Referencing back again to my first post about surveillance and data collection, we come to a concept Baudrillard detailed in Simulacra and Simulation. He believed that we bring the sacred objects in life into a scientific order, in an effort to control them. He gave the example of museums effectively “killing” Egyptian mummified corpses; that we write our own ethnographies. The world has become a museum; everything is an exhibit. Though this work was written in 1981, it has been amplified to the infinite degree by the internet today. Social media is a prime example; we build our own exhibits for ourselves, and prostitute our images. Our data is collected, and advertisers have their own museums about us, the consumer, and cater back to us so we can continue to build on our own exhibit. In a similar way, this works in the classroom as well, if the technology is set up in such a way. The statistics of how well we perform in certain areas lead to an exhibit of our academic profile and abilities. We have seen how advertisers have invaded digital academic tools such as Blackboard; theoretically they could advertise to the student particular devices or programs that best suit their academic abilities or deficiencies. Additionally, schools or programs that require applications can see a deeper/rational/synthesized evaluation of a student, or even a host of students, through simple things like data collection and analysis. An exhibit of a student or classroom can be quite revealing. Nothing is private, and everything is oriented towards efficiency and economical benefits. Schools have a vested interest in having top performing students, advertisers make money from the data, and other companies make money from people purchasing the programs. Although this idea of an exhibit of the student may seem like a logical step, do exhibits and statistics always demonstrate the potential or true abilities of a student? As Baudrillard suggests, there is more and more information, but less and less meaning.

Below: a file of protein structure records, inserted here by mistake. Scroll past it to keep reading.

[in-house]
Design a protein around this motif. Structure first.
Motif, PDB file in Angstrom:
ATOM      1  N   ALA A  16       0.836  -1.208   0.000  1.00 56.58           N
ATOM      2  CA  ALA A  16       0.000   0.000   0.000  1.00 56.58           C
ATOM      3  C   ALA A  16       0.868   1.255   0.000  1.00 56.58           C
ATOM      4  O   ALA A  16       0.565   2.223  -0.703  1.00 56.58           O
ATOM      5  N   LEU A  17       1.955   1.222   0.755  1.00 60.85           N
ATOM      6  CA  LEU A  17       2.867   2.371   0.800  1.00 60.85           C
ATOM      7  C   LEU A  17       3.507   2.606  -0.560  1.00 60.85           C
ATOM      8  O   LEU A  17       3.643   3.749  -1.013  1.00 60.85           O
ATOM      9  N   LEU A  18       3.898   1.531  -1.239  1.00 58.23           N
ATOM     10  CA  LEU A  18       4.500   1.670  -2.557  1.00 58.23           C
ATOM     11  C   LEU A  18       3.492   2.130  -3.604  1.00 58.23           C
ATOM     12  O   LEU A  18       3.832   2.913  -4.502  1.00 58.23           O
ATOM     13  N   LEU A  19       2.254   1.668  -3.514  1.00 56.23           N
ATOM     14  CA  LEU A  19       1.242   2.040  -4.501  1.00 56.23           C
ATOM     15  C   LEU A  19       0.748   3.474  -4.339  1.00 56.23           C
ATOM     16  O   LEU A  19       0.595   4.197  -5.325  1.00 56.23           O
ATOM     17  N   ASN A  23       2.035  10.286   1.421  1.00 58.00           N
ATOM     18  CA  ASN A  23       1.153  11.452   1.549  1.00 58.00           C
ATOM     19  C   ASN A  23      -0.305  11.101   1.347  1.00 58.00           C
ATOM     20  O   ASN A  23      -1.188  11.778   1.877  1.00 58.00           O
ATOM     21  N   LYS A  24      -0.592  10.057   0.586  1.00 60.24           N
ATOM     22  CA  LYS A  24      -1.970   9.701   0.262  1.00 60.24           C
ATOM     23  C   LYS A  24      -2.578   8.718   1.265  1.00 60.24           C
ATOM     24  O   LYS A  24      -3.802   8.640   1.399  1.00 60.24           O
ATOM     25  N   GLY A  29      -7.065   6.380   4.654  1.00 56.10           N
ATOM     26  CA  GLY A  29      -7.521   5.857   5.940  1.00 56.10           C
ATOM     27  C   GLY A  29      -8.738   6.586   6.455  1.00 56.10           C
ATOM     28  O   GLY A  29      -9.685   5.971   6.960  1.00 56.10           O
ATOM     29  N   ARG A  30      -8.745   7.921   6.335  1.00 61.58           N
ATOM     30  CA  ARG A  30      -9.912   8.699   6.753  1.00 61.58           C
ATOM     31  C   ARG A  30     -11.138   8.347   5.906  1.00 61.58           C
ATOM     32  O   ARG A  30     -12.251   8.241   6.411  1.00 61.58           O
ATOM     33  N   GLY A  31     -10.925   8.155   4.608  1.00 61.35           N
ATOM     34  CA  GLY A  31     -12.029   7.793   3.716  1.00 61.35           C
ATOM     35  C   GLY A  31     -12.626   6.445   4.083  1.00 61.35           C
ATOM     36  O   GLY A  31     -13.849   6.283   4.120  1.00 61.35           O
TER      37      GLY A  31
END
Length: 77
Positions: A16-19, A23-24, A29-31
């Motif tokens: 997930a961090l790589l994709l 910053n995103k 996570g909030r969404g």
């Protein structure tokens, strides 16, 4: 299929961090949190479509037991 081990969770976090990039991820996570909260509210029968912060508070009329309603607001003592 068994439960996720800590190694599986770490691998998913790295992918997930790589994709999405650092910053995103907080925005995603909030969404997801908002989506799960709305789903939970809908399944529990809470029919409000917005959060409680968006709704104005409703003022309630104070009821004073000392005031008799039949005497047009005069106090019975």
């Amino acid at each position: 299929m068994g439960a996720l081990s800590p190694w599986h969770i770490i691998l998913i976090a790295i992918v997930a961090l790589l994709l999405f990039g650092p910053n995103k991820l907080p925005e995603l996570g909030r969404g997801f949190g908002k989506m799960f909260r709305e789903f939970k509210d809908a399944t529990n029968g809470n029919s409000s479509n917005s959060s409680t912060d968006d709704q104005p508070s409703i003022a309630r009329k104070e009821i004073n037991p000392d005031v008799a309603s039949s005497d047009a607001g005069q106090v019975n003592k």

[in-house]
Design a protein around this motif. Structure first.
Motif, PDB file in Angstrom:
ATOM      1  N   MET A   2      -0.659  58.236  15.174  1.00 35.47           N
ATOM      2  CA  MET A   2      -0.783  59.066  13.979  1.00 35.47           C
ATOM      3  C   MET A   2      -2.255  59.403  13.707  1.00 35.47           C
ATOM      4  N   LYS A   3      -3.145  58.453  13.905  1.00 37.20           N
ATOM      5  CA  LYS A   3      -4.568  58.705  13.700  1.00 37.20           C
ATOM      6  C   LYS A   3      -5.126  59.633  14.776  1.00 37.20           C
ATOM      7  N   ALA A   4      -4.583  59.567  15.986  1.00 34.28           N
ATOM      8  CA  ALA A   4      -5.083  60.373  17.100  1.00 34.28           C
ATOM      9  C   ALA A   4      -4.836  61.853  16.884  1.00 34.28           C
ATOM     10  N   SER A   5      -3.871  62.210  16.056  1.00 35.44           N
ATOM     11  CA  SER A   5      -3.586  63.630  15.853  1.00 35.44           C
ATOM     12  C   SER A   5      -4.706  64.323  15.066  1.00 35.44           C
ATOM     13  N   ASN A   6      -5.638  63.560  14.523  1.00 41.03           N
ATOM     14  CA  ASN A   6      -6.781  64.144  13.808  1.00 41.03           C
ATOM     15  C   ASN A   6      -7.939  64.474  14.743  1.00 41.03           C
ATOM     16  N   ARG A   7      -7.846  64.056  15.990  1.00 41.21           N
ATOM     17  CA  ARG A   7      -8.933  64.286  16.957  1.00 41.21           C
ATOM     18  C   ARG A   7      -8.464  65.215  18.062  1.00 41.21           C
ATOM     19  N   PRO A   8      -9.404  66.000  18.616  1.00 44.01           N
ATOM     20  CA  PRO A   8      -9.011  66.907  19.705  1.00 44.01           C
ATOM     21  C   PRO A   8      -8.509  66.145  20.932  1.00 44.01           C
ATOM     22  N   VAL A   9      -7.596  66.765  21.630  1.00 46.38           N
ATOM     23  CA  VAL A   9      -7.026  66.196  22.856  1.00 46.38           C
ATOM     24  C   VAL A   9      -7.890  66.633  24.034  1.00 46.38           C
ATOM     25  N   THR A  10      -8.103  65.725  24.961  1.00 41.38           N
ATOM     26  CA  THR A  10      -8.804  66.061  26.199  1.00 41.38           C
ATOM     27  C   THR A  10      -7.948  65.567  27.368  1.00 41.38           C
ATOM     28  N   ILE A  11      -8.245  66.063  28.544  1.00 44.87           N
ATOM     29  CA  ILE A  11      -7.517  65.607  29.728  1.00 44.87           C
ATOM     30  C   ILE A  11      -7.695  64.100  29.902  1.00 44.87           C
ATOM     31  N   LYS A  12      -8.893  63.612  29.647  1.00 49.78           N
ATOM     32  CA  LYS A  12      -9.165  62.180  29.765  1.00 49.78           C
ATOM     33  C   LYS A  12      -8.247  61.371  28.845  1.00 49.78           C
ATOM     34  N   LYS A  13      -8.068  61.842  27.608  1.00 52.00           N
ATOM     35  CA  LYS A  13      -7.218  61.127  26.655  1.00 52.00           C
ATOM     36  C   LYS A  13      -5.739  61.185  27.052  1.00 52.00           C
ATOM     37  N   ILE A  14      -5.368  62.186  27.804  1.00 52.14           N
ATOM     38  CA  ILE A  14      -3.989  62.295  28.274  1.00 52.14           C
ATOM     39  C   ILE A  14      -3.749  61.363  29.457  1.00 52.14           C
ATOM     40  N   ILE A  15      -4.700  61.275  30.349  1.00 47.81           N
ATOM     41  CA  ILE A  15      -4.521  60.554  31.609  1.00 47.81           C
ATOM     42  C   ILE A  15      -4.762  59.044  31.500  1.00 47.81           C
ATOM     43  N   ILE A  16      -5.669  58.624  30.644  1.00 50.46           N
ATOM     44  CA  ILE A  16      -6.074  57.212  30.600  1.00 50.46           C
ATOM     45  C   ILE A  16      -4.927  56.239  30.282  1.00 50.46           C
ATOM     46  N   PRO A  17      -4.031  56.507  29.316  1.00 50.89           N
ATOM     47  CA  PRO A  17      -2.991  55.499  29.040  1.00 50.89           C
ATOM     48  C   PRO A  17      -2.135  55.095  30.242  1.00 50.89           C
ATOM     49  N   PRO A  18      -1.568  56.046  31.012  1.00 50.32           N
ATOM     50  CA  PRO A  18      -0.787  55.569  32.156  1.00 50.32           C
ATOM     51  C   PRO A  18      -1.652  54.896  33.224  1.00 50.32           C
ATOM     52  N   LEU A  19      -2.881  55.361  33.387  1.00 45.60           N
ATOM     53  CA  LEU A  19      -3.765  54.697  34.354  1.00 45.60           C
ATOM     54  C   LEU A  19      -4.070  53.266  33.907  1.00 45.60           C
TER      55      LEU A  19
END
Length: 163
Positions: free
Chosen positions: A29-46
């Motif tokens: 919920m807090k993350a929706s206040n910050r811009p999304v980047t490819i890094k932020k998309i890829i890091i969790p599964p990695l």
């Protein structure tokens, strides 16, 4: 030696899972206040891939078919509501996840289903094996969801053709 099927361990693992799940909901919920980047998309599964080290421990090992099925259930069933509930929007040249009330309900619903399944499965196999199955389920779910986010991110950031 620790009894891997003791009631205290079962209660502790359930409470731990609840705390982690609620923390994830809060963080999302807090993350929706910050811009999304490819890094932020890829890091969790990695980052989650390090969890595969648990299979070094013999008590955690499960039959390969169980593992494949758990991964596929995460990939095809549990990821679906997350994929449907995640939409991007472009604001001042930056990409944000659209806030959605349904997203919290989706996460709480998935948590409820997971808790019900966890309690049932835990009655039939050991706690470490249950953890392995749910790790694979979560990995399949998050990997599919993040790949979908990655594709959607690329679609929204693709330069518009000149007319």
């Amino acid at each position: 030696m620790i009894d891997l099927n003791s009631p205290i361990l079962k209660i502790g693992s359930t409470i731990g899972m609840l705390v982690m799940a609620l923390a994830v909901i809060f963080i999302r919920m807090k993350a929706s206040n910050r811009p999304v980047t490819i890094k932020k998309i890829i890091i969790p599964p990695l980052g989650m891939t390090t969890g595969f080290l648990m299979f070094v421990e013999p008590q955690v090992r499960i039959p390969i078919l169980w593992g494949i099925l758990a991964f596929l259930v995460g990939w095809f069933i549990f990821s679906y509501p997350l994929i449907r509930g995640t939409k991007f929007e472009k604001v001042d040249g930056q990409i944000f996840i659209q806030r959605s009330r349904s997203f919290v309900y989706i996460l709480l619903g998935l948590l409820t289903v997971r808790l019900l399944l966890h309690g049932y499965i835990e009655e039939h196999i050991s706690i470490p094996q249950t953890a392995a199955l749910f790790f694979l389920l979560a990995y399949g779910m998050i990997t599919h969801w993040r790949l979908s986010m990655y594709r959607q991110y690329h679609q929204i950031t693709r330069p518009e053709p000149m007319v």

This idea of the exhibit of the student somewhat leads into the idea that people believe technology adapts to them. Any little learning deficiency, interest, etc, is seen as an individualization, personalization, a focus on them. This is wrong: everything is coded, predicted, anticipated, and such “adaptations” are designed to dupe you into believing technology is working for you. Any “adaptation” is an orientation to a paying consumer, or creation of adaptive ideas for profit in patents. Problem with math? Try this new teaching program! I see you like science; try this new data collection program! Perhaps if a new development is made requiring non-existent technologies, it could be an adaptation, though it is not an adaptation for the sake of the person, it is for the sake of filling another gap for profit. Point is, technology is not working, or doing the work, for you. If we have digital interfaces in the classroom as an example, they cannot “work” unless we utilize them. It is what WE do that matters. We manipulate it, and it does what it is told. Ultimately it is the programmers and corporations YOU are working for, the opposite of what we believe technology is doing. Every quirk has a niche and a price; there’s an app for that.Governments and companies both are pushing for this equipment, as it benefits both of them. Given the recent revelations of widespread data being monitored by government agencies, it can be debated whether or not this is actually in the student’s best interest.